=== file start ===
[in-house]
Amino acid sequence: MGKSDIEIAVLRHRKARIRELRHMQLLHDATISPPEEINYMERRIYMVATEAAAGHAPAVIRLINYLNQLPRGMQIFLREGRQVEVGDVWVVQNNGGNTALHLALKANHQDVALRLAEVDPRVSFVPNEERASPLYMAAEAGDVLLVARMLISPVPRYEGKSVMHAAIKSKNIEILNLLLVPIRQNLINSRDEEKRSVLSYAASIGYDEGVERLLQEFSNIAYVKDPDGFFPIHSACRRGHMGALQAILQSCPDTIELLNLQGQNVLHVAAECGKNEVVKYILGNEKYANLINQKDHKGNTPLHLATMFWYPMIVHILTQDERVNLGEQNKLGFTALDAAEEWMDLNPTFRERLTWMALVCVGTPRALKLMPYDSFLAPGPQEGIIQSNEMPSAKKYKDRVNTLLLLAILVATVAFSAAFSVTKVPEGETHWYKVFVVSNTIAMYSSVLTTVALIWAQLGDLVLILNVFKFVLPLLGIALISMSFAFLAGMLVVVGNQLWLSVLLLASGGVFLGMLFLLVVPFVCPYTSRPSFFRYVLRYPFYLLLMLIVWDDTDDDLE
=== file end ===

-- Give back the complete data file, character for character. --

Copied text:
[in-house]
Amino acid sequence: MGKSDIEIAVLRHRKARIRELRHMQLLHDATISPPEEINYMERRIYMVATEAAAGHAPAVIRLINYLNQLPRGMQIFLREGRQVEVGDVWVVQNNGGNTALHLALKANHQDVALRLAEVDPRVSFVPNEERASPLYMAAEAGDVLLVARMLISPVPRYEGKSVMHAAIKSKNIEILNLLLVPIRQNLINSRDEEKRSVLSYAASIGYDEGVERLLQEFSNIAYVKDPDGFFPIHSACRRGHMGALQAILQSCPDTIELLNLQGQNVLHVAAECGKNEVVKYILGNEKYANLINQKDHKGNTPLHLATMFWYPMIVHILTQDERVNLGEQNKLGFTALDAAEEWMDLNPTFRERLTWMALVCVGTPRALKLMPYDSFLAPGPQEGIIQSNEMPSAKKYKDRVNTLLLLAILVATVAFSAAFSVTKVPEGETHWYKVFVVSNTIAMYSSVLTTVALIWAQLGDLVLILNVFKFVLPLLGIALISMSFAFLAGMLVVVGNQLWLSVLLLASGGVFLGMLFLLVVPFVCPYTSRPSFFRYVLRYPFYLLLMLIVWDDTDDDLE